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CCNet DIGEST, 28 April 1999
---------------------------

     QUOTE OF THE DAY

     "There was a period in our ancient history during which we came
     close to extinction" (Christopher Wills, University of California)


(1) EARLY HUMANS HAD A BRUSH WITH EXTINCTION
    EXPLOREZONE, 26 April 1999

(2) DON'T MISS OUT ON THE METEORS
    THE TIMES, 28 April 1999

(3) LYRIDS ACTIVITY REPORT 1999
    Rainer Arlt <rarlt@aip.de>

(4) A BRIEF HISTORY OF MINOR PLANET RESEARCH
    Richard Kowalski <bitnik@bitnik.com>

(5) NEW SCENARIOS FOR PUNCTUATED SOLAR SYSTEM EVOLUTION
    Emilio Spedicato <EMILIO@IBGUNIV.UNIBG.IT>

===============
(1) EARLY HUMANS HAD A BRUSH WITH EXTINCTION

From EXPLOREZONE, 26 April 1999
http://explorezone.com/archives/99_04/26_apes_humans.htm

By Robert Roy Britt

04/26/99: While many scientists have been chronicling and speculating
about the demise and extinction of many and varied species, past and
present, one group of researchers was quietly looking into the
near-death experience of the species to which those very researchers
belong.

"There was a period in our ancient history during which we came close
to extinction," said biologist Christopher Wills of the University of
California, San Diego. A new study by Wills and his colleagues supports
the controversial idea that humans have had at least one dramatic
population reduction during the last million years.

In fact, the researchers found that the numbers of our predecessors may
have gone up and down like a yo-yo, reaching precariously low levels
more than once.

The study, to be published in tomorrow's issue of the Proceedings of
the National Academy of Sciences, also shows that the human species
possesses much less genetic variation than our closest relatives, the
apes. That means that while we may come in all sorts of sizes, shapes
and so on, inside we're all really much more alike than you might
think. In fact, the study showed, one group of 55 chimps musters more
genetic variety than all of the human race combined.

"Despite their much smaller numbers and restricted ranges, the African
apes retain much more genetic variation than humans," said lead author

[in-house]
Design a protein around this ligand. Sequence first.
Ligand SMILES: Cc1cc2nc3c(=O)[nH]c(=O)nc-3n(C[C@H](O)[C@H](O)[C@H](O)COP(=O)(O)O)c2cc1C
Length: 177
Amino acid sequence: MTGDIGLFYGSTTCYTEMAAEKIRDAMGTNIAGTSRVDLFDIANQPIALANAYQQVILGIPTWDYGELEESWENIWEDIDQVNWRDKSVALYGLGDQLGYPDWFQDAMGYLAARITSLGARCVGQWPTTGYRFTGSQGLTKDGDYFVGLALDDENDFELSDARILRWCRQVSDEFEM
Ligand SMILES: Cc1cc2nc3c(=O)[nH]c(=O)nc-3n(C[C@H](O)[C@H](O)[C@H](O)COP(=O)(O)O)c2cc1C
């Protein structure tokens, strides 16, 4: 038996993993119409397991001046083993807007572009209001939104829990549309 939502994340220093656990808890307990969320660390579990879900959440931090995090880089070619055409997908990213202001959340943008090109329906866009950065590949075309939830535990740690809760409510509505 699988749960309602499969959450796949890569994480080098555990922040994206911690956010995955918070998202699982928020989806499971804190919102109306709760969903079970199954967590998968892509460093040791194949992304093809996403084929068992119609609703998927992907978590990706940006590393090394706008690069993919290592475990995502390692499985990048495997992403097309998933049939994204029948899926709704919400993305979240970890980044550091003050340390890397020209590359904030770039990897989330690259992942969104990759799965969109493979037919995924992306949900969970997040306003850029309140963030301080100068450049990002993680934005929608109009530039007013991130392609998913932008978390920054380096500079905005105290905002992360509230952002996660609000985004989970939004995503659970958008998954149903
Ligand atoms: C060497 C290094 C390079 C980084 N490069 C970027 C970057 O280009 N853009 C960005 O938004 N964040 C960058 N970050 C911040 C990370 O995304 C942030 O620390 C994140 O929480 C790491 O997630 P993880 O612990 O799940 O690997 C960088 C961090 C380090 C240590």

Pascal Gagneux, who conducted the research as a doctoral student in the
laboratory of David Woodruff, the paper's senior author. "The family
tree also shows that the human branch has been pruned. Our ancestors
lost much of their original variability."

How we came to be so monotonously similar is rooted in our brush, or
perhaps brushes, with death. It is less clear why these
near-catastrophes happened, but scientists said it likely involved one
or more of the following: disease, environmental disaster or conflict.

The researchers studied the DNA of humans and apes, and the results
confirm that chimpanzees and bonobos are our closest living relatives,
the scientists said. The work may also hold clues to the origin of
certain animal-born diseases, including HIV-1.

"Conservation of the remaining great apes is critical," said Woodruff,
"as they still have so much to teach us about ourselves." ez

Copyright 1999, Explorezone.com

===============
(2) DON'T MISS OUT ON THE METEORS

From THE TIMES, 28 April 1999
http://www.the-times.co.uk/news/pages/Times/frontpage.html?999

By Nigel Hawkes, Science Editor

LAST November astronomers anxious to see the best meteor shower for 33
years decamped to Asia, where fireworks were predicted. In reality,
they would have done better to stay at home. Instead of amazing the
people of East Asia, the 1998 Leonids shower produced its most dramatic
fireballs over the Atlantic 16 hours earlier.

In a remarkable piece of scientific detection, this unexpected result
has been traced back to events that took place more than 600 years ago
in 1333.

The annual Leonids shower (so-called because the shooting stars appear
to originate from the constellation of Leo) is caused by the Earth
passing through the orbit of the comet Tempel-Tuttle. This happens
every year, but especially brilliant displays occur every 33 years or